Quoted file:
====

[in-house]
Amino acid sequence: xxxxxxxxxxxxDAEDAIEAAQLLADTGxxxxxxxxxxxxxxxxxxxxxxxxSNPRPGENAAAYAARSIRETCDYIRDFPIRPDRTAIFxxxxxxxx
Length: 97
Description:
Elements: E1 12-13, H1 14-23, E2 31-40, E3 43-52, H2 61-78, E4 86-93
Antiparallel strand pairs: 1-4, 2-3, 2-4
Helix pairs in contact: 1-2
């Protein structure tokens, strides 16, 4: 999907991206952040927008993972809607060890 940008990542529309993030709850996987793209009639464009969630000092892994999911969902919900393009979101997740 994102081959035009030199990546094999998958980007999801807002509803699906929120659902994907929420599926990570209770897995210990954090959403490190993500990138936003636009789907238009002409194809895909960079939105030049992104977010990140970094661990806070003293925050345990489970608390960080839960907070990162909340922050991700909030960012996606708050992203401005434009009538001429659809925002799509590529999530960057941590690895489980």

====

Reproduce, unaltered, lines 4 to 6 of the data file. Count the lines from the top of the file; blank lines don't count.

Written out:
Description:
Elements: E1 12-13, H1 14-23, E2 31-40, E3 43-52, H2 61-78, E4 86-93
Antiparallel strand pairs: 1-4, 2-3, 2-4